Online compilers can be useful tools to quickly compile a snippet of code without having to install a proper compiler on our computer. They can be especially useful to play with the newest language features, to share code snippets online or to compare different compilers.
The following list provides information about available online compilers and their most important features. Support for other languages than C++ is available on many of the listed websites but not covered here. Depending on the versions of the compilers used, they support different versions of the C++ standard. See this page for more detailed feature lists.
Besides mere compilation, most online compilers also execute the compiled program. The possibilities to parametrize the compilation via compiler flags, to pass command line/runtime parameters to the executed program and to provide input for standard input vary between the different compilers.
|Name||Number Compilers||C++ Version||Boost Version||Execution||Distinguishing Features||Other Languages|
|Codiva.io||1||C++17||1.65||✔️||Clang, user input, multiple files, continuous compilation every few keystrokes, sharing and embeding in blogs||✔️|
|paiza.IO||1||C++14||✔️||multiple files, collaborative live editing, full screen editor, Internet connection, GitHub(gist) integration||✔️|
|Compiler Explorer (Godbolt)||60+||C++17||1.64||compile to assembly as you type, on multiple compilers||✔️|
|Coliru||2||C++17||1.63 (header only)||✔️||GCC & Clang, freely editable shell command line|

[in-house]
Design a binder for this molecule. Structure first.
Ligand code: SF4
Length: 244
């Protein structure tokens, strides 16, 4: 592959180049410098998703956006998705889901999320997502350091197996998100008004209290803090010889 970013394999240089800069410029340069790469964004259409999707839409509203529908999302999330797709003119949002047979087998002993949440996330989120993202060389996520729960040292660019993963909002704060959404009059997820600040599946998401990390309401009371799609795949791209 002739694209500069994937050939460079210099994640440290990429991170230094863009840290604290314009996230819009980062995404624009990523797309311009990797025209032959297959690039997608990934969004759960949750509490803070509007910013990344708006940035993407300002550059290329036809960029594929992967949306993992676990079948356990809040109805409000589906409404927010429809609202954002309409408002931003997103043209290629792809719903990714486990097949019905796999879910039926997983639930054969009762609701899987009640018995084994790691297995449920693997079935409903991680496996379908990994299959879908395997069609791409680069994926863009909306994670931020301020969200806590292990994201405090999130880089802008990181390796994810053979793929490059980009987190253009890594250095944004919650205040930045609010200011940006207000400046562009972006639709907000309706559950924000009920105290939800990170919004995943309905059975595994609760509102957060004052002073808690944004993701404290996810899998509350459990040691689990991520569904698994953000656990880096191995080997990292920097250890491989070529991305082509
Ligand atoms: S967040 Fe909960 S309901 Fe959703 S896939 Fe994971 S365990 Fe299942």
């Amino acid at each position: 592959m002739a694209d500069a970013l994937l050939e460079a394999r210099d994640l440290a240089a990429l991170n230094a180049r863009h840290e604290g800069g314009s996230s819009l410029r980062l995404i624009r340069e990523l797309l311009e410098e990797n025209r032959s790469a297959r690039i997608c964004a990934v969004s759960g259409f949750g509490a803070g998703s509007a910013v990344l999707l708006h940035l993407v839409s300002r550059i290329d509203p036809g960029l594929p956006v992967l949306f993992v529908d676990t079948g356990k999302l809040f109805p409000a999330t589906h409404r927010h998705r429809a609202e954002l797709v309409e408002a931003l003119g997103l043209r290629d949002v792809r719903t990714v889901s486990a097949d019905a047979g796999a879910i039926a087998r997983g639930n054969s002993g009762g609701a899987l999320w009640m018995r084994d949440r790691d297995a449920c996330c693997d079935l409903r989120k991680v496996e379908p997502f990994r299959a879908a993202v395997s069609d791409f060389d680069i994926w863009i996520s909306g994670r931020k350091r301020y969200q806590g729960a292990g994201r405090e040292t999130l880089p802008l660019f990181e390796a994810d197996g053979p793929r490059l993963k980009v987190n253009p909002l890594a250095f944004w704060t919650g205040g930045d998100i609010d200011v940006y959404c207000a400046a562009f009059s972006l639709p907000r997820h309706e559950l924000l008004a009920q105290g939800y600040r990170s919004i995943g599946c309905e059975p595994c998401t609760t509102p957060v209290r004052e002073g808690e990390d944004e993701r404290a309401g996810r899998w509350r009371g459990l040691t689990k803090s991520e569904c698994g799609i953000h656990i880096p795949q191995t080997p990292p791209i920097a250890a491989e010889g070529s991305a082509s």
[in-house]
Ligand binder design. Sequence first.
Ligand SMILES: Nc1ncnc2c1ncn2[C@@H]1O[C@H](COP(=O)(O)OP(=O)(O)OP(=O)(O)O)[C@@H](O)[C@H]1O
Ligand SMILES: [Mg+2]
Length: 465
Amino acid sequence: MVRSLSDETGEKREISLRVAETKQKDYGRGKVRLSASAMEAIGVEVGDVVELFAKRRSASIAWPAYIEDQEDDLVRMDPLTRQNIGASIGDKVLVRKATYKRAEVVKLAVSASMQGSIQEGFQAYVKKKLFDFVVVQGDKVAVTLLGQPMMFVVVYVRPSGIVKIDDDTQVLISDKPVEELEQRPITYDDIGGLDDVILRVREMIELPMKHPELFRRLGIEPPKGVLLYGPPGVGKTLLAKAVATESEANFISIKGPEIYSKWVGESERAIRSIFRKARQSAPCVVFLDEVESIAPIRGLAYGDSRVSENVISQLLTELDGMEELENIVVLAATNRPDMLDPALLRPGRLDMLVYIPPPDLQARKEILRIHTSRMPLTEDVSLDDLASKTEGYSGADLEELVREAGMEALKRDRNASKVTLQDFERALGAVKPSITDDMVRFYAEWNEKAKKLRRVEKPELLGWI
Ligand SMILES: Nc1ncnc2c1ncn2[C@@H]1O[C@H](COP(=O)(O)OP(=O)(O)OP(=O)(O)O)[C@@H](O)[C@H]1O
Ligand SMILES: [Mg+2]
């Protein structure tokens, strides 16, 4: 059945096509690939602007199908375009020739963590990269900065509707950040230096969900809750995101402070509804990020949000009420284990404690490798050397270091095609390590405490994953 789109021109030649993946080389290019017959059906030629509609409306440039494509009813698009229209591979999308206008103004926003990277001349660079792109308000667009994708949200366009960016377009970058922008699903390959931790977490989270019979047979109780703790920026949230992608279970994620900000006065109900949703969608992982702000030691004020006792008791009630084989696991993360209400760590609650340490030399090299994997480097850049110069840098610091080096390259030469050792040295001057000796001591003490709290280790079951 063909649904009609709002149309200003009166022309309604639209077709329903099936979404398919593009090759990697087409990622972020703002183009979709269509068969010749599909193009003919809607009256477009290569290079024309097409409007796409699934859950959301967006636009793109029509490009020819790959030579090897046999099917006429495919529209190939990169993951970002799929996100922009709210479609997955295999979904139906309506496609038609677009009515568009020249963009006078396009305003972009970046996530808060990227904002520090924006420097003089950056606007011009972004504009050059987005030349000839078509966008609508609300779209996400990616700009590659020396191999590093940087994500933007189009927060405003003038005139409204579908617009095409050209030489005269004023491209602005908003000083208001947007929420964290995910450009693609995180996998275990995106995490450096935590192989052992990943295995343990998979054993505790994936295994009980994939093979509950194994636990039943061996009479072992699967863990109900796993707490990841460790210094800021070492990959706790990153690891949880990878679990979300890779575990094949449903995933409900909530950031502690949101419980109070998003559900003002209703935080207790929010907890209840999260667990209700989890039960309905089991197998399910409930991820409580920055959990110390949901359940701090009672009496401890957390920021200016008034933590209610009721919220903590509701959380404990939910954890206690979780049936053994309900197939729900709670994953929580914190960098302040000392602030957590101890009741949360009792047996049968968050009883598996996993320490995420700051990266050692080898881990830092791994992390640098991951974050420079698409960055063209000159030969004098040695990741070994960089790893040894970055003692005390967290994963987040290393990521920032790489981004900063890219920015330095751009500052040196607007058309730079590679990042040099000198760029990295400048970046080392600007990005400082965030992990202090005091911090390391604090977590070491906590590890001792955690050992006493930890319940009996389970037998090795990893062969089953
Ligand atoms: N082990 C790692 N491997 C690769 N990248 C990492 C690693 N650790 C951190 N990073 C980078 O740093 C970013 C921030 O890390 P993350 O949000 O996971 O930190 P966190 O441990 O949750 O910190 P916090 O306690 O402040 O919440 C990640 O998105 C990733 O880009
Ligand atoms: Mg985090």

|Quick-Bench||1||C++17||only benchmarks||benchmarks functions against each other|
|Cppinsights||1||C++17||compile to a more verbose code that tells what the compiler does under the hood|
|Rextester||3||C++14||1.58 (header only)||✔️||GCC, Clang, MSVC, collaborative live editing features||✔️|
|Ideone||1||C++14||1.62 (header only)||✔️||GCC||✔️|
|C++ Shell||1||C++11-14||1.55 (header only)||✔️||GCC, interactive Stdin|
|repl.it||1||C++17||✔️||GCC, interactive Stdin||✔️|
|Tutorialspoint CodingGround||1||C++11||✔️||multiple files like proper IDE, GCC
but sluggish web app
|Geeksforgeeks||1||C++14||1.58||✔️||GCC, full screen editor||✔️|
|TIO - Try It Online||1||C++14||✔️||Easy sharing, split source in header, source and footer||✔️|
|LoopPerfect C++ Fiddle||interactive C++ interpreter/terminal, but currently broken|
Codiva.io is an online compiler and IDE that allows to edit, compile, execute and share multiple C++ files. As a distinguishing feature, it compiles the code every few keystrokes, and highlights the error lines in the editor itself saving time. It even works on mobile.
paiza.IO is a full screen online IDE that allows to edit, compile, execute and share multiple C++ files. As a distinguishing feature, it allows live editing, multiple file editing, Internet connection, and GitHub(gist) integration.
Wandbox provides pretty much all of the functionality you’d want from a typical online compiler, including support for multiple files and different editor keybindings. Besides the standard library, it features a few libraries including Boost (up to 1.64), Sprout and MessagePack. The compiled programs run in a sandbox environment that allows file I/O. The snapshot versions of GCC and Clang that are provided make it possible to play with the latest C++17 features.